Debt Reduction

The Credit Card Letter

I’m a packrat. If someone tells me that I shouldn’t keep the tiny, black patent leather ballet shoes that I wore when I was five, I’m going to point to my father and the love-worn teddy bear that he’s kept since his childhood. My packrattedness (uh, yeah – that’s going to be a word for today’s purpose) is something that’s as ingrained in me as my tendency to believe that deer, like state troopers, tend to roam in pairs. If you see one deer cross the road, there’s another one sure to follow. Same with police cars – that’s advice that you can take to the bank, courtesy of my dear old dad.

Given this tendency to keep everything, it did not surprise me the other day when I found a letter I had received a year ago when I paid off my first credit card that was enrolled along with others in my debt management program. It was tucked in with photos, ticket stubs – the stuff that usually ends up in my scrapbooks. It’s a form letter, nothing fancy, but it congratulates me on paying off this balance and showing that my balance on this long-held credit card (we’re talking the year 2000, folks) was finally at zero. I can’t say that this letter will ever be trophied in one of my numerous scrapbooks, but stranger things have happened – I’ve kept and scrapbooked hate mail that I received when I was a journalist. (I’m kind of odd … this is my proof that my life was cool and adventurous at one point. But some of those letters are witty and well-written … I can’t throw those away!)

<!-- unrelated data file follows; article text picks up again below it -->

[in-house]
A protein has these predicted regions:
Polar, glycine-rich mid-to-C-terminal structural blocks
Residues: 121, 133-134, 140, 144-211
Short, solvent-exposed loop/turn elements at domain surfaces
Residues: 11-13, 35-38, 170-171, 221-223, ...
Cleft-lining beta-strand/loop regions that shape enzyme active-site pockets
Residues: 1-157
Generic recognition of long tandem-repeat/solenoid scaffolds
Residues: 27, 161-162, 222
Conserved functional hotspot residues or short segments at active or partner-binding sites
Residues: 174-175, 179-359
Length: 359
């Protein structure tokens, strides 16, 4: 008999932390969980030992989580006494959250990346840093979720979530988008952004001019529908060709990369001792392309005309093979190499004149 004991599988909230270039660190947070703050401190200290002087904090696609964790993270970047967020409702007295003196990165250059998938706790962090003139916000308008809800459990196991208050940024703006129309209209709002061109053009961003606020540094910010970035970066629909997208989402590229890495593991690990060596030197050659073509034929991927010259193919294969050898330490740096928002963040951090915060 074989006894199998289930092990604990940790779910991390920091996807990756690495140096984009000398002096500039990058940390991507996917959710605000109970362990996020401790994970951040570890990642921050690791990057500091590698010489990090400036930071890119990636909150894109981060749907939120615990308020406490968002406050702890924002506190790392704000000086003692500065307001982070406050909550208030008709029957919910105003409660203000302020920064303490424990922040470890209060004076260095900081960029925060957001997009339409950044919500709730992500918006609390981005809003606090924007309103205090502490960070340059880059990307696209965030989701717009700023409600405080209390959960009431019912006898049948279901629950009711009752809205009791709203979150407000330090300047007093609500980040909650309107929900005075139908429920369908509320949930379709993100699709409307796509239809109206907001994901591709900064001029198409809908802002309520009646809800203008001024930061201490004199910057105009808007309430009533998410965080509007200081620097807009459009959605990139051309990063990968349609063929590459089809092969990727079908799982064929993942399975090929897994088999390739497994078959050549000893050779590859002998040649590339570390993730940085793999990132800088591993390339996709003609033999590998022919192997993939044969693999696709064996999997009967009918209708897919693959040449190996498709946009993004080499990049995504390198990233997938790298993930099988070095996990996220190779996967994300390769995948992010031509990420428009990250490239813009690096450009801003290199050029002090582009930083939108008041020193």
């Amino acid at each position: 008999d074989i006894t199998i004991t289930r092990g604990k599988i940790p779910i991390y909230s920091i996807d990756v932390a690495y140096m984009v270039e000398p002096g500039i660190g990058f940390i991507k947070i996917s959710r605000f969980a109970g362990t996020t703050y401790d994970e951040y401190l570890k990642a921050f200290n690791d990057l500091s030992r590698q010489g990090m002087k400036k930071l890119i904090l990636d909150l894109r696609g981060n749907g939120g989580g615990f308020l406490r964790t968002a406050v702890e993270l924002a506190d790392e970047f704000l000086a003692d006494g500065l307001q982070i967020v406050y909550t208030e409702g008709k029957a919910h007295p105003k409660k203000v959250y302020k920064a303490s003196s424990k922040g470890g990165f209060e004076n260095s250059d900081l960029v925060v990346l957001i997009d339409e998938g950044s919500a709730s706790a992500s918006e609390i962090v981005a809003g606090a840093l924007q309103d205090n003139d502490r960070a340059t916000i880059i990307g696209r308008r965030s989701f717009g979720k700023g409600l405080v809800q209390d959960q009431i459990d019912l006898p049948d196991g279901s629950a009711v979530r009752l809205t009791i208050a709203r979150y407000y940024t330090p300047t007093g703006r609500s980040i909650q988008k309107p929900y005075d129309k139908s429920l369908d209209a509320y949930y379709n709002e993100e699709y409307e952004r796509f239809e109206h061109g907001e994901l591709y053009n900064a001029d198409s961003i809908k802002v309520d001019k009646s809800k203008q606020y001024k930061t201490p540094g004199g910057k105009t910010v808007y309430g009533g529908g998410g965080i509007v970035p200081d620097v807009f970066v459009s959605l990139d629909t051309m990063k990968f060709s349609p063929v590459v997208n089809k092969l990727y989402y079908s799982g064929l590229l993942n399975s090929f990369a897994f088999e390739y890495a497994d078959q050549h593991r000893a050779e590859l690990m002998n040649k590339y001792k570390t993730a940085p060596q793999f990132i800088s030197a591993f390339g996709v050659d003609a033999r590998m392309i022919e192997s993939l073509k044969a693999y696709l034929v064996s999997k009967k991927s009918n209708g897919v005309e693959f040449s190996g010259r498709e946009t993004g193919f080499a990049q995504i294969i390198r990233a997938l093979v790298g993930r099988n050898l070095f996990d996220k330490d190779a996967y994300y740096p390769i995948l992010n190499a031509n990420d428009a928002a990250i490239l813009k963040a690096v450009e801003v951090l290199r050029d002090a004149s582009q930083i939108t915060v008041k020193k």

So why do I keep this letter? Like that semester in college that I spent in a foreign country, this whole debt reduction is a journey. Because I used to rely on credit cards and now that I’ve been burned this much and have spent so much time paying off my debt, I don’t think I’d take a credit card if you offered it to me on a silver platter and with a 0% interest rate. This letter from a former creditor is like that pack of matches I saved from that hotel in Rome – memories of where I once was.

More letters are in my future, but this letter represents the first step in a long line of paces that I will take.

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2 thoughts on “The Credit Card Letter

  1. You have to grab hold of those small victories and use them for motivation. If you can learn to focus on them rather than all the hard times, you’ll beat the debt. Congratulations on being able to see the important victories no matter how small.

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